The Survey, Volume 35

Front Cover
Survey Associates, 1916 - Charities
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OCLC: 1766865
Related Subjects: Charities -- Periodicals. | United States -- Social conditions -- Periodicals. | Social problems -- Periodicals. | Social Problems -- Periodicals.

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Page 64 - Fondly do we hope, fervently do we pray, that this mighty scourge of war may speedily pass away. Yet, if God wills that it continue until all the wealth piled by the bondman's two hundred and fifty years of unrequited toil shall be sunk, and until every drop of blood drawn with the lash shall be paid by another drawn with the sword, as was said three thousand years ago, so still it must be said : " The judgments of the Lord are true and righteous altogether.
Page 7 - England, in this generation . . . may be said to consist of a well-drained dwelling with several rooms, warm clothing, with some changes of underclothing, pure water, a plentiful supply of cereal food, with a moderate allowance of meat and milk, and a little tea, etc., some education and some recreation, and lastly sufficient freedom for his wife from other work to enable her to perform properly her maternal and her household duties.
Page 243 - I found, in brief, that all great nations learned their truth of word, and strength of thought, in war ; that they were nourished in war, and wasted by peace ; taught by war, and deceived by peace; trained by war, and betrayed by peace— in a word, that they were born in war and expired in peace.
Page 243 - We must make new energies and hardihoods continue the manliness to which the military mind so faithfully clings. Martial virtues must be the enduring cement; intrepidity, contempt of softness, surrender of private interest, obedience to command, must still remain the rock upon which states are built — unless, indeed, we wish for dangerous reactions against commonwealths fit only for contempt, and liable to invite attack whenever a center of crystallization for military-minded enterprise gets formed...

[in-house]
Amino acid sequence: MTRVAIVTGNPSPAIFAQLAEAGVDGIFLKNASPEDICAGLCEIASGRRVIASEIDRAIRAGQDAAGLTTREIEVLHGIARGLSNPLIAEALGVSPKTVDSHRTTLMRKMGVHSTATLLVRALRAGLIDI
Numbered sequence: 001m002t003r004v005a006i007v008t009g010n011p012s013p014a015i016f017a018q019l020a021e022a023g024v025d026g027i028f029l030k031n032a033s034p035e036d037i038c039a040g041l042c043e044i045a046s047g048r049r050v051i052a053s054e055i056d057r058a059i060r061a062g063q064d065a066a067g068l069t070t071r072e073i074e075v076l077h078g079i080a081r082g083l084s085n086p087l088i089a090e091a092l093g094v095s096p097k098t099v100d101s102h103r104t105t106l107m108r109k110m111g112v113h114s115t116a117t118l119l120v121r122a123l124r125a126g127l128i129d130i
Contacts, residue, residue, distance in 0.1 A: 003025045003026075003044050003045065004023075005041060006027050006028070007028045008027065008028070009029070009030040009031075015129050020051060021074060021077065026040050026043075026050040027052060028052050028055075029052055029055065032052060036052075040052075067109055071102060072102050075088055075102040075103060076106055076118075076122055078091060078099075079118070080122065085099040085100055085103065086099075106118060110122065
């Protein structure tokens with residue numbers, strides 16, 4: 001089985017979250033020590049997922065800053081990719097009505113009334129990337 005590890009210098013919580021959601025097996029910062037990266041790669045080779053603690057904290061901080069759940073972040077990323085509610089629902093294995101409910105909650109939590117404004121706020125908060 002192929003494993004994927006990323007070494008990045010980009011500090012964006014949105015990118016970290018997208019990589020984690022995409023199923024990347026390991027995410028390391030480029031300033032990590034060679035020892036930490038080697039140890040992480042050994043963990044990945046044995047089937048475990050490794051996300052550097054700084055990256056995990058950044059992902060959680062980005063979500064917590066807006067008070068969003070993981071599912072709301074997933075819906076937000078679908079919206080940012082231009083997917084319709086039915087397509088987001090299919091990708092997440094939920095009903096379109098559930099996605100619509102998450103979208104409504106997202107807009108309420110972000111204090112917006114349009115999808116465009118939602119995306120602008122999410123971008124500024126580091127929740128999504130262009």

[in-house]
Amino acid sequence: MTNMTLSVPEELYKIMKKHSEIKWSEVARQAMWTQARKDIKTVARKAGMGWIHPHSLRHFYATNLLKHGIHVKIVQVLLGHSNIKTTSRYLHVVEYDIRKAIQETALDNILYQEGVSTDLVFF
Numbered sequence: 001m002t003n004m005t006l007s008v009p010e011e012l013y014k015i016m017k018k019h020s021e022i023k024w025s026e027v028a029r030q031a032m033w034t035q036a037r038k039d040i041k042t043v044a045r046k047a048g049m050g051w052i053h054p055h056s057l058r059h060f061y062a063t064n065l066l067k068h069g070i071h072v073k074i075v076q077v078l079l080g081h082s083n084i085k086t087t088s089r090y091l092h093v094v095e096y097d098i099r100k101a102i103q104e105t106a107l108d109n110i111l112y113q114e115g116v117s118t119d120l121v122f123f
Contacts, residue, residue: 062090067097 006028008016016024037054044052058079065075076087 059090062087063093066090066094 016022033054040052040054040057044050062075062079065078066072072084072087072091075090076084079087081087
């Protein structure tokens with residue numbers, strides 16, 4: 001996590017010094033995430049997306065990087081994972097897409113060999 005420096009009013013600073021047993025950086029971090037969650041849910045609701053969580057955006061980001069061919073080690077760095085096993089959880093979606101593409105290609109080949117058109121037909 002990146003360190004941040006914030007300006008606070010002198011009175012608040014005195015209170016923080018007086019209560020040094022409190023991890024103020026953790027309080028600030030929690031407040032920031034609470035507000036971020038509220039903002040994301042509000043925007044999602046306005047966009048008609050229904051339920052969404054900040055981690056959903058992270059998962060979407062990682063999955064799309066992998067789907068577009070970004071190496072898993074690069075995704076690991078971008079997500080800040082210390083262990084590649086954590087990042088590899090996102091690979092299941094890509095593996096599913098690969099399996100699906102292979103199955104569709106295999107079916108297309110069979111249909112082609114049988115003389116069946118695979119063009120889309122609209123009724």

Page 299 - Subsequent to the hearings before the subcommittee of the House Committee on appropriations in charge of the District of Columbia...
Page 243 - We talk of peace and learning, and of peace and plenty, and of peace and civilisation; but I found that those were not the words which the Muse of History coupled together: that, on her lips, the words were — peace, and sensuality — peace, and selfishness — peace, and death.
Page 129 - Had we asked an artisan practised in ' planishing,' as it is called, he would have told us that no good was to be done, but only mischief, by hitting down on the projecting part. He would have taught us how to give variously-directed and specially-adjusted blows with a hammer elsewhere : so attacking the evil not by direct but by indirect actions. The required process is less simple than you thought. Even a sheet of metal is not to be successfully dealt with after those common-sense methods in which...
Page 248 - I will never disgrace these sacred arms, nor desert my companion in the ranks. I will fight for temples and public property, both alone and with many. I will transmit my fatherland, not only not less, but greater and better, than it was transmitted to me. I will obey the magistrates who may at any time be in power. I will observe both the existing laws and those which the people may unanimously hereafter make, and, if any person seek to annul the laws or to set them at naught, I will do my best to...
Page 326 - No testimony presented to the commission has left a deeper impression than the evidence that there exists among the workers an almost universal conviction that they, both as individuals and as a class, are denied justice in the enactment, adjudication, and administration of law, that the very instruments of democracy are often used to oppress them and to place obstacles in the way of their movement toward economic, industrial, and political freedom and justice.
Page 326 - ... superior use", as in the case of water rights in California, and provision for forfeiture in case of actual nonuse. In its simplest form the doctrine of "superior use" implies merely that at the time of making the lease the purpose for which the land will be used must be taken into consideration, and the use which is of greatest social value shall be given preference. 3. The forcing of all unused land into use by making the tax on nonproductive land the same as on productive land of the same...

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